Vietnam Veteran’s Day washup
It’s now Sunday and I’ve recovered sufficiently to feel confident enough to write in complete sentences.
I spent the day with Percy Meredith, a digger in Recce Pl 7RAR with me in Vietnam. The previous evening I found a photo of Percy and printed it out for him. As he showed everyone he met I felt the need to apologise for having had a mere child in my platoon. Did I really tell this ‘child’ to do things of a dangerous nature? The short answer is yes and he certainly soldiered at a level well above his juvenile appearance. In fact he was as good as any and a very good forward scout.
We gathered, talked and marched through Brisbane. At the end of the march there was a comemmorative service at the Vietnam Veteran’s memorial in ANZAC Square with Adrian D’Hage, MC being given top billing. I have posted on D’Hage previously and wondered what the Vietnam Vets organization were thinking when they invited him to the event.
He didn’t disappoint delivering a peace message within the body of his speach. One would think that Adrian D’Hage of all people would realize the peace we enjoy is directly attributable to the fact that our young men and woman have gone to war when called.
Brigadier d’Hage said the lesson of Long Tan was to show the futility of war and the need for tolerance and acceptance of different cultures and faiths.
I beg to differ, old chap. The lesson of Long Tan was the courage of the participants with the ‘futility of war’ being a very moot point. If we accept futility as ‘uselessness as a consequence of having no practical result‘ I would suggest most wars do have a practical result with the demise of Hitler and Tojo being a good example.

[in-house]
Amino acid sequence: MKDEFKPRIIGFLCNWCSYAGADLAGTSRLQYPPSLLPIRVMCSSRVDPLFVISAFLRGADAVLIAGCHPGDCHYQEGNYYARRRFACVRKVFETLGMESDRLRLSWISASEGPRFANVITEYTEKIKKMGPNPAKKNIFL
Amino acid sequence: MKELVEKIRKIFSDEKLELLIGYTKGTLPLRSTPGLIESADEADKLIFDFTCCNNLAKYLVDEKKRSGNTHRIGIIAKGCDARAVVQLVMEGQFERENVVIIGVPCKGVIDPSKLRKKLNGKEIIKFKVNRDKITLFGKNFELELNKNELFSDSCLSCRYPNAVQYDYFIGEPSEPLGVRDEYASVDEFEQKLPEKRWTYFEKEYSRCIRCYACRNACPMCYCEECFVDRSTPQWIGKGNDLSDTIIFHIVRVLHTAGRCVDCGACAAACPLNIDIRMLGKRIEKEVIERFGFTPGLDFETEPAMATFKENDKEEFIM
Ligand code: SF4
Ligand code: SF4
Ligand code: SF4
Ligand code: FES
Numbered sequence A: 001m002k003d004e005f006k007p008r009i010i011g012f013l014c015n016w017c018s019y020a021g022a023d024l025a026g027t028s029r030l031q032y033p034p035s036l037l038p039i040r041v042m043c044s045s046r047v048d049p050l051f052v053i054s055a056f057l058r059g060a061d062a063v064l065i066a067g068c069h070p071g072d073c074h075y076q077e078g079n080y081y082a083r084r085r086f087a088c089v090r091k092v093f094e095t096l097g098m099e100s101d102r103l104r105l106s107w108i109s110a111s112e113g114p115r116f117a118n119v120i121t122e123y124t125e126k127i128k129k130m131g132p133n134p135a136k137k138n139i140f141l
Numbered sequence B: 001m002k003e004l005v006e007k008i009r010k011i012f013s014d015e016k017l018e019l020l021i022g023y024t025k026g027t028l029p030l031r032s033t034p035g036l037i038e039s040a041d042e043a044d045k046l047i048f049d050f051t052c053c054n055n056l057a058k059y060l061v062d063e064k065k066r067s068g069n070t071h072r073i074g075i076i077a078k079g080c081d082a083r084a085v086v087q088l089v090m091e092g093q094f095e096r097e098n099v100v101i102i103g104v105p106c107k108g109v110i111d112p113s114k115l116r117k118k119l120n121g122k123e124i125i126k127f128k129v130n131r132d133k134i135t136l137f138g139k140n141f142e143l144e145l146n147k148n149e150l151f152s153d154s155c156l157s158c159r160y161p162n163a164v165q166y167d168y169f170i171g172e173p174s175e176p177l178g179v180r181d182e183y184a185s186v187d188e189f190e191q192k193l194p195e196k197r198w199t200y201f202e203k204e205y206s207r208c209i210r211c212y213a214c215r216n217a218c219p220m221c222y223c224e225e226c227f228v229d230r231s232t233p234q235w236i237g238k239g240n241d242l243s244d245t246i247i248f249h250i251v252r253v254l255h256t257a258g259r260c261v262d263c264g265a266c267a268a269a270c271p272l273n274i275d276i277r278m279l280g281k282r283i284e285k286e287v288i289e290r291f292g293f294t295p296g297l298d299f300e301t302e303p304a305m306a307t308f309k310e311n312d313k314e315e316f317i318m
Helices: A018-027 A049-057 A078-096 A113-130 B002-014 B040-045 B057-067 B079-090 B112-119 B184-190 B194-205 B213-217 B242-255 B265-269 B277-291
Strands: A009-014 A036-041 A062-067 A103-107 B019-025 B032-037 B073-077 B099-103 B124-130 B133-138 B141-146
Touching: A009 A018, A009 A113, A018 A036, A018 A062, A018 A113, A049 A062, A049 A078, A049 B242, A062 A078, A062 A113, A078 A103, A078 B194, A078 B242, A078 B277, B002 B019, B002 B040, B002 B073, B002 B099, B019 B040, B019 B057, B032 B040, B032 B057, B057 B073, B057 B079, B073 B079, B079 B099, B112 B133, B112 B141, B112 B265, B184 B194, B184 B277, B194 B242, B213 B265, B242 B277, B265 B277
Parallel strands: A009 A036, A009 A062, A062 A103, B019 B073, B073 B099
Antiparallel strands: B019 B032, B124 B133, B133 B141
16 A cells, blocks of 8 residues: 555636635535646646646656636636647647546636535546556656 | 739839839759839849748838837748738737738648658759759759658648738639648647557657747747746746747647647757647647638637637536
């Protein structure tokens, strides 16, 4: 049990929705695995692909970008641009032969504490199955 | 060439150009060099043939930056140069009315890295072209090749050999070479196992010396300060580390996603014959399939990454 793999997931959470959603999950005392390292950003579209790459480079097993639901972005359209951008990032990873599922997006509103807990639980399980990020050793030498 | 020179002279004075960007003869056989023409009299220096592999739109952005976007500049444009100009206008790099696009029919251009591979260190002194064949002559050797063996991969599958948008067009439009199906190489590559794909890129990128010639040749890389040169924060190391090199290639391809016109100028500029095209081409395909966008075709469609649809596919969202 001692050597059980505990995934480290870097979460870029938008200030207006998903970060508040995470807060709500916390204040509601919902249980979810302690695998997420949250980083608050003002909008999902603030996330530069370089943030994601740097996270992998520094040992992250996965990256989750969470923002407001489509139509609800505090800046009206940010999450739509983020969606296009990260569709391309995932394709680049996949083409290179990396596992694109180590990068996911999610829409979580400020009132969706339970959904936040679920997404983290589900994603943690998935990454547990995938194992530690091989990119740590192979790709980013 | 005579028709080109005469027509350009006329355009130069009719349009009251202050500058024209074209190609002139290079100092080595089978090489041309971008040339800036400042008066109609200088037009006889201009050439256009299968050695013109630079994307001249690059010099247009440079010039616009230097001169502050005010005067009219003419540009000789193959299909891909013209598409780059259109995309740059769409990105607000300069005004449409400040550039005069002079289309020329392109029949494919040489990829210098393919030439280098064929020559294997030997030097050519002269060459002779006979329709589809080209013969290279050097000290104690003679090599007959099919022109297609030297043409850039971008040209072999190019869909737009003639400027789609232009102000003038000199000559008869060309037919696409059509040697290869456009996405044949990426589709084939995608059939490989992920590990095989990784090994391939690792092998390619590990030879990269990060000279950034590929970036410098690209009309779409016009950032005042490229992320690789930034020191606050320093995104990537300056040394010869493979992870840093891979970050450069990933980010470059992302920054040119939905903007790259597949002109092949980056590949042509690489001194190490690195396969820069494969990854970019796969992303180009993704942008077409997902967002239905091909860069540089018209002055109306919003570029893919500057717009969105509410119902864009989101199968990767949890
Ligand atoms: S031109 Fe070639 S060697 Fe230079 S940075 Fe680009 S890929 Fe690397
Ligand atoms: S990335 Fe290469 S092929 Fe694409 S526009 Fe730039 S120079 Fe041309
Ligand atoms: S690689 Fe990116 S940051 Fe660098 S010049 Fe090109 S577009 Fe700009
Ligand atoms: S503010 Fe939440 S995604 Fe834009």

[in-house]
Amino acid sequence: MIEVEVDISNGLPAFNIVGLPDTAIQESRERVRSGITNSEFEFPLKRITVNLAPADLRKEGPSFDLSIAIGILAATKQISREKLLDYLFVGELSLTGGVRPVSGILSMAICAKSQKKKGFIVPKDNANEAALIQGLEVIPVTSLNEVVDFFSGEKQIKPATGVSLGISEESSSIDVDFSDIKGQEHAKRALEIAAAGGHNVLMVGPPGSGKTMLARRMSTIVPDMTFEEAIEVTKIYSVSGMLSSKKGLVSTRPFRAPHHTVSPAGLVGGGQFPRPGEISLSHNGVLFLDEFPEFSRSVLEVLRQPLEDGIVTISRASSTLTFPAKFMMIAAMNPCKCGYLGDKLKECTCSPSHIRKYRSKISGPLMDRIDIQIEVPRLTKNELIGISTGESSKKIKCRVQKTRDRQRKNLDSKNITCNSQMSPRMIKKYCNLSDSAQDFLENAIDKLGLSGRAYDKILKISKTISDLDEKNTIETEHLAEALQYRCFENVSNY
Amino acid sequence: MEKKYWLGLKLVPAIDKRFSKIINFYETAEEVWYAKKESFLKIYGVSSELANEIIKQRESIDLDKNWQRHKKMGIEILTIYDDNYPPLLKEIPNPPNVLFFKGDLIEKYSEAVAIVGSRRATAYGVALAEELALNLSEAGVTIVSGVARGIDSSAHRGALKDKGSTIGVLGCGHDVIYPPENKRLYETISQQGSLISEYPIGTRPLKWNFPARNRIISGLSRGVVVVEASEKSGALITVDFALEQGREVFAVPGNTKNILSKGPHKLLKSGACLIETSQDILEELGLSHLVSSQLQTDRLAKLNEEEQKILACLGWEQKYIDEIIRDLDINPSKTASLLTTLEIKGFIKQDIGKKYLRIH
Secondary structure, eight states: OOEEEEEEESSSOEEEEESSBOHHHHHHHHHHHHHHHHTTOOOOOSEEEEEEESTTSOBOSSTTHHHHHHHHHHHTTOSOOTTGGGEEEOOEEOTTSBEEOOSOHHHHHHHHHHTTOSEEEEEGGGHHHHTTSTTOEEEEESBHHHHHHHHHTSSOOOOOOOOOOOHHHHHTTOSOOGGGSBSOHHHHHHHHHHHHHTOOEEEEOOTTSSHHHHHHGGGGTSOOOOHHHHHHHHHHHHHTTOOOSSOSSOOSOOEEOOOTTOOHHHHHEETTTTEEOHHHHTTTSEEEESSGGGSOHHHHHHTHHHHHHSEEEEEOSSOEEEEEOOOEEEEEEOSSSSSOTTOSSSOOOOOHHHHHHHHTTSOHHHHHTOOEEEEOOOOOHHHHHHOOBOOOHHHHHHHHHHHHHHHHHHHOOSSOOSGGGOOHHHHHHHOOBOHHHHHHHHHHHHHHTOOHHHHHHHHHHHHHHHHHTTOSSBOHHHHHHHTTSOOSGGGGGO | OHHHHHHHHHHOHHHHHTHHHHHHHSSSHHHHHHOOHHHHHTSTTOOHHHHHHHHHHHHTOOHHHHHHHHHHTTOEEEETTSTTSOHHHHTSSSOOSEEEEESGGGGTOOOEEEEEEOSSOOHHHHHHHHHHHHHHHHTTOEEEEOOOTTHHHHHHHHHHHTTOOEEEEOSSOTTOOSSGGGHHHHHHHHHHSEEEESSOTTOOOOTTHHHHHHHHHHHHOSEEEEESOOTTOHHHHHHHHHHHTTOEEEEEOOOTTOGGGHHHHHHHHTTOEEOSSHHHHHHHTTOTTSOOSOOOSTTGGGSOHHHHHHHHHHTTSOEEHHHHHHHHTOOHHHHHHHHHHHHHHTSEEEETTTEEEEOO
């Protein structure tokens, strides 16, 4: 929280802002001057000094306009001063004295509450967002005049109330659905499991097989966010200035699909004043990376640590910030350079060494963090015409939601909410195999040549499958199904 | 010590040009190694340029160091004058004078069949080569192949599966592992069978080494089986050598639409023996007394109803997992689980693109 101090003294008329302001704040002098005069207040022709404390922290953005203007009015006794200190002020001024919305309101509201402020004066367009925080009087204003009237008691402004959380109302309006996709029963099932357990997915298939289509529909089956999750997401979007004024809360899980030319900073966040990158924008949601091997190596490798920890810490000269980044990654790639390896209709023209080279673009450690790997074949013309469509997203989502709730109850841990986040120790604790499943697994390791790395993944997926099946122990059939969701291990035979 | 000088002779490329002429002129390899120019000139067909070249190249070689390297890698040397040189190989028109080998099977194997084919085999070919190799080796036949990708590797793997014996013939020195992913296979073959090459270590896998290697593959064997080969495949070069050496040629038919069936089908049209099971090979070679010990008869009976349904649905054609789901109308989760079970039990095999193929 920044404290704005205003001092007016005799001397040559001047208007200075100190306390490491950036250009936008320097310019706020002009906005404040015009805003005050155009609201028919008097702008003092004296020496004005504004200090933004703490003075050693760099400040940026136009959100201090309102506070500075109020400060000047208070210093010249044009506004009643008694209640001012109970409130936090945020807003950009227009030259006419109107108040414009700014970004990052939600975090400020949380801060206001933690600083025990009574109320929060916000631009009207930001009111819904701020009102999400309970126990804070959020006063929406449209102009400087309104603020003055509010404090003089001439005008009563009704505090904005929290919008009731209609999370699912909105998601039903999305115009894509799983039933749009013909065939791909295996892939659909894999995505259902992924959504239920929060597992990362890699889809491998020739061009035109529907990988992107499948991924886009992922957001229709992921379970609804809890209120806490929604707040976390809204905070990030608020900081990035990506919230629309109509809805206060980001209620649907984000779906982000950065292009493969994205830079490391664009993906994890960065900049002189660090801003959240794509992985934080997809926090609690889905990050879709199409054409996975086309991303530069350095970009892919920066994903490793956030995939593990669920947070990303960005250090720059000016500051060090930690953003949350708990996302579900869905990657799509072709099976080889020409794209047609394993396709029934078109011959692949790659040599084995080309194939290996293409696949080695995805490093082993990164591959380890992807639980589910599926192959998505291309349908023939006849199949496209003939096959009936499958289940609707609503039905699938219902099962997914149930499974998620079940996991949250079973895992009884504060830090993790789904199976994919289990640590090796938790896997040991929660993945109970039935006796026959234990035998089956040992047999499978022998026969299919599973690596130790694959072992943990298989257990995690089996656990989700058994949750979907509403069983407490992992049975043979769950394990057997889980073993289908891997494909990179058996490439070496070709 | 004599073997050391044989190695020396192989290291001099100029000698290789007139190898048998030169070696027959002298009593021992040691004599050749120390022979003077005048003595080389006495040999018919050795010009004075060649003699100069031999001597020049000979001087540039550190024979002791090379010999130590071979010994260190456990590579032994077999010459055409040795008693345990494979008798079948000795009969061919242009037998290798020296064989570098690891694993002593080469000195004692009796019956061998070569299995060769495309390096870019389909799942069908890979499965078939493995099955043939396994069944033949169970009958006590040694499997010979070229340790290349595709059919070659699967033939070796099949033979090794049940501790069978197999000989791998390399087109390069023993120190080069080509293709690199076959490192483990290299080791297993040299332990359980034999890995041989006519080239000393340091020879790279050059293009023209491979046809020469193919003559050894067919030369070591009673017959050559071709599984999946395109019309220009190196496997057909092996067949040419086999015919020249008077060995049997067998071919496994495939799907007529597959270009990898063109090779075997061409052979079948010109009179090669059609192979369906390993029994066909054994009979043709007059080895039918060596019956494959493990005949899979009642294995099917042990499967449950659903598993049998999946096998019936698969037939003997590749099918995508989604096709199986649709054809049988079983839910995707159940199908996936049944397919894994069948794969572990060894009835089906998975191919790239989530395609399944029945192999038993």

Brigadier d’Hage said Long Tan was also a lesson for more recent conflicts.
“Young men and women are once again paying with their lives in Iraq, in Afghanistan and more recently in Lebanon.”
Negotiation should be the first resource, with war only as a last resort, Brigadier d’Hage said.
Brigadier Adrian D’Hage is himself a lesson in futility espousing words and ideals as the only ammunition against terroists prepared to blow up themsleves and their children in the pursuit of a new world order that doesn’t include infidels. There is no point negotaiting as a first resource with a group who detonate as a first resource.
Jesus Adrian, come back to the world.
There were mobs of KIWIs breasting the bar and as always they are treated as just another digger albeit with funny accents. Considering the NZ impact on the Battle of Long Tan one would imagine that the NZ press would be all over the celebrations of the 40th anniversary but when I linked to the NZ Herald the only mention I could find of Long Tan solicited a subscription to actually read the link.
I later went to Gallipoli Barracks at Enoggera to view the Drum Head parade [scroll down to para 5] and the concert. Organizers had found Adrain Cronauer, the original ‘Gooooooooooooood Mornnnnnnnnnnnnnnnning Vietnammmmmmmmmmmmmmm’ DJ and he didn’t disappoint. Neither did grey haired Col Joye and the Joy Boys nor Rhonda Burchmore who sang well albeit with her quality voice and interpretation overshadowed by her long legs appearing to represent a full two thirds of her body length. I stood along side Minister for Veterans Affairs Bruce Billson and his delightfull wife Kate, sharing the musical memories of the era with them and know that they both have a sympathetic approach to Vietnam Veterans.
We stayed late and reminisced until common sense bid me call my daughter Jennifer with a coded message along the lines of Dad…Enoggera…fetch!